According to CBRE there were just 5,200 beds for students across 20 projects in Dubai at the end of 2019, while the number of students pursuing higher education in Dubai alone during the 2018-19 academic year was 53,200.
“Historically, higher education has been primarily geared towards residents of the UAE. So, students whose parents happen to live and work in the UAE and as they grow, they need options for higher education. That’s really why there aren’t as many professional student accommodation providers,” said Gabriella De La Torre, a director of CBRE’s Middle East, North Africa and Turkey region’s consulting division.
Another factor weighing against the provision of dedicated student units has been the large amount of residential units on the market, with many students renting in residential communities.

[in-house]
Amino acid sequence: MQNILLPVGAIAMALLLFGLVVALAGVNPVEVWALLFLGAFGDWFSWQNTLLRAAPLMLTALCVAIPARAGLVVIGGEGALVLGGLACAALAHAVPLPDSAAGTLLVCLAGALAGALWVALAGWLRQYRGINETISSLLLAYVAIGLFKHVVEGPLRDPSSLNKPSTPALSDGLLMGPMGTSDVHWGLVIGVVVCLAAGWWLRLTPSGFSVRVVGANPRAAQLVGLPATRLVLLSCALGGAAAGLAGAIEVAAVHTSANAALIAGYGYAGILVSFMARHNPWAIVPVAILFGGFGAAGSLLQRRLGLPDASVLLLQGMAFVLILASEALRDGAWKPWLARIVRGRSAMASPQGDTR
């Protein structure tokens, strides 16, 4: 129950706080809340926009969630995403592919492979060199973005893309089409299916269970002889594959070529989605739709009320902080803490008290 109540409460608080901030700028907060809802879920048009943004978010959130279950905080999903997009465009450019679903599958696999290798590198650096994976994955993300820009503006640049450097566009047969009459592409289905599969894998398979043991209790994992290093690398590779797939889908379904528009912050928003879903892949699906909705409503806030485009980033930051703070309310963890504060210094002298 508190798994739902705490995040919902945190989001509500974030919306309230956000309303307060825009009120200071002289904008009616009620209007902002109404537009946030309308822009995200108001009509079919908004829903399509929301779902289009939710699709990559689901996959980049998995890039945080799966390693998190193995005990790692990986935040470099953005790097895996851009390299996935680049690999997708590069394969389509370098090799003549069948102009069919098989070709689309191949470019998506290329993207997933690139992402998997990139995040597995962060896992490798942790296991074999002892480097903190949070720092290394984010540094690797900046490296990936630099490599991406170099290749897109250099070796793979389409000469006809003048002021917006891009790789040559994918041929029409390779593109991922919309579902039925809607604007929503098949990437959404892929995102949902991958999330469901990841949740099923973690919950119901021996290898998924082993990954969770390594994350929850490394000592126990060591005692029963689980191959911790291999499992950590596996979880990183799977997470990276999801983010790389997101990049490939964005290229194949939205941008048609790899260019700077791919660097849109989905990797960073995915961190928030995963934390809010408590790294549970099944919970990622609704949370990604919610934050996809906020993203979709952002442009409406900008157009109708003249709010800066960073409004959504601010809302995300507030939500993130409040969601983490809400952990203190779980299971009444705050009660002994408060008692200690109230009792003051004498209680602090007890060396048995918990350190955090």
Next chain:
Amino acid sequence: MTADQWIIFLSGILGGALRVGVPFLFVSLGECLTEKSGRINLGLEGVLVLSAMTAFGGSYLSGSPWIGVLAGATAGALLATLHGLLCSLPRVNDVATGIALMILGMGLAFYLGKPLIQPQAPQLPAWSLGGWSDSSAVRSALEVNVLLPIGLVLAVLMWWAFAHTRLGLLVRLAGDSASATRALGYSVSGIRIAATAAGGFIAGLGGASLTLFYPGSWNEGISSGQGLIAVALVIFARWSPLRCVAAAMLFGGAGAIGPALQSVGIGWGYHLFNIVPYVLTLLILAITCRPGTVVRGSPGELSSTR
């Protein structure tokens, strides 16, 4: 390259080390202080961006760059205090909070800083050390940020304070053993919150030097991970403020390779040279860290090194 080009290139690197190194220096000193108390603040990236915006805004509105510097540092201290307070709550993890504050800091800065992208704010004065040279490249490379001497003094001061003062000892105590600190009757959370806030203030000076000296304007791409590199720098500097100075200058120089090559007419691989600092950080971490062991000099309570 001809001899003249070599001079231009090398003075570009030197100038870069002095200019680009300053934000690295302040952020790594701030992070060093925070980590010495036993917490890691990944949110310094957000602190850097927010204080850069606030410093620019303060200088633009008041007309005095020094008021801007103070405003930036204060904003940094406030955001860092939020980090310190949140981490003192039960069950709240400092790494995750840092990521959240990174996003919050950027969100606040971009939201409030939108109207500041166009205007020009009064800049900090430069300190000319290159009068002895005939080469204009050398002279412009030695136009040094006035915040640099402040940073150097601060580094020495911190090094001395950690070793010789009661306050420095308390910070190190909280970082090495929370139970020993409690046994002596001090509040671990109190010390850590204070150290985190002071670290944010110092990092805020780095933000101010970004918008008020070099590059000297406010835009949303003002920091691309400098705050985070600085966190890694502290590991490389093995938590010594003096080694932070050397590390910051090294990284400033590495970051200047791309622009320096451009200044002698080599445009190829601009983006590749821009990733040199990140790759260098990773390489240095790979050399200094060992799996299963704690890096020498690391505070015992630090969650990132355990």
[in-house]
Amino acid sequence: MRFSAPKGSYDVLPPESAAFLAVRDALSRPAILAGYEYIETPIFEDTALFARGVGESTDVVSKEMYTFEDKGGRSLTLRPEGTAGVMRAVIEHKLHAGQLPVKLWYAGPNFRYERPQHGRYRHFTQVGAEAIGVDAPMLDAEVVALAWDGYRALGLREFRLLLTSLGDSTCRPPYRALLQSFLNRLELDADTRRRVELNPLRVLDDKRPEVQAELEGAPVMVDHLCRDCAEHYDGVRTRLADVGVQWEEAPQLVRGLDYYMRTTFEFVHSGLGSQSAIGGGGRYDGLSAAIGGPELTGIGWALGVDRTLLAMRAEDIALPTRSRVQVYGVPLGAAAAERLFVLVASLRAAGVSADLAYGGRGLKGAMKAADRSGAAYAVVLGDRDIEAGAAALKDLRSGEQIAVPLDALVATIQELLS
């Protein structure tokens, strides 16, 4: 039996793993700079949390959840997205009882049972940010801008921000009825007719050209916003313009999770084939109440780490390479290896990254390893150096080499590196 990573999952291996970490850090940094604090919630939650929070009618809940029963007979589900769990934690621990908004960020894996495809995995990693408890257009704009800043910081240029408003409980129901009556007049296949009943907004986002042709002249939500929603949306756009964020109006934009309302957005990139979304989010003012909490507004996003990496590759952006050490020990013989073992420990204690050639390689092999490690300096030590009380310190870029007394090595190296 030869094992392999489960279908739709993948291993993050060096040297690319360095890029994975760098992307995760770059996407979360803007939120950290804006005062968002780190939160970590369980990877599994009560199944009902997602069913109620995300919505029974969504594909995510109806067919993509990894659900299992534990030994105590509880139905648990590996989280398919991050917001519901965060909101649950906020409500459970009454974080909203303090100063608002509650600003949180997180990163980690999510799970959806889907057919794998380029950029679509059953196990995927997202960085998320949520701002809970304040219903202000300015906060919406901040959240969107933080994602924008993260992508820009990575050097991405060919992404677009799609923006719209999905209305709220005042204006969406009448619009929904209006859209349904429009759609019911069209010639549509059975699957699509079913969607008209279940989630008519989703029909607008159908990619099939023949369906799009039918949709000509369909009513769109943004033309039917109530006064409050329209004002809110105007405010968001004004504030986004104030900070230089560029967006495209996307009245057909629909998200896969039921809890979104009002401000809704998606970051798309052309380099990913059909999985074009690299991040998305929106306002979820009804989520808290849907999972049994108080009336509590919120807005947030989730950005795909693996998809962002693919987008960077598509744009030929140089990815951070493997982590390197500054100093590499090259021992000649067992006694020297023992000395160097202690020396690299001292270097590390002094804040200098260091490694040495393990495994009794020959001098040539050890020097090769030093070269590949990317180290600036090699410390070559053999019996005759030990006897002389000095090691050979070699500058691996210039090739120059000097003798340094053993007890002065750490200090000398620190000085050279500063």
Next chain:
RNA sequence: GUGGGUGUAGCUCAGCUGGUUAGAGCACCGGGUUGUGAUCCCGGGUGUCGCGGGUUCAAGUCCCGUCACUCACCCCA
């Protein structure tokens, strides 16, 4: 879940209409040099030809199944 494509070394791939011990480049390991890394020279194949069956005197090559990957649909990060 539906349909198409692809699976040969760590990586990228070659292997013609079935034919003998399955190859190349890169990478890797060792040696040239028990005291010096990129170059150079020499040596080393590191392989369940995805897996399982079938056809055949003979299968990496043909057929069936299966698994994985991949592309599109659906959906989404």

Of the 5,200 beds currently classed as student accommodation, most are in Dubai International Academic City. About 40 per cent are on-campus units provided by the universities and 45 per cent are in off-campus, university-affiliated accommodation. The remaining 15 per cent are in purpose-built student accommodation (PBSA), according to CBRE.
The first PBSA scheme to be built in the UAE was Uninest, a 424-unit project completed in 2016 by Global Student Accommodation, a company founded by Nicholas Porter, who pioneered the PBSA model in the UK through Unite Group.
According to CBRE, 34 per cent of those pursuing higher education in Dubai are UAE nationals while the remaining 66 per cent are non-nationals. Around 53 per cent of students are from Asia, 30 per cent are from the Middle East and North Africa, six per cent from Europe and five per cent from Africa.
For the latest market intelligence on a wide range of hospitality and real estate asset classes in the UAE, including student accommodation, don’t miss Urban Living MEA, which takes place on November 13 and 14 at ROVE Dubai Marina.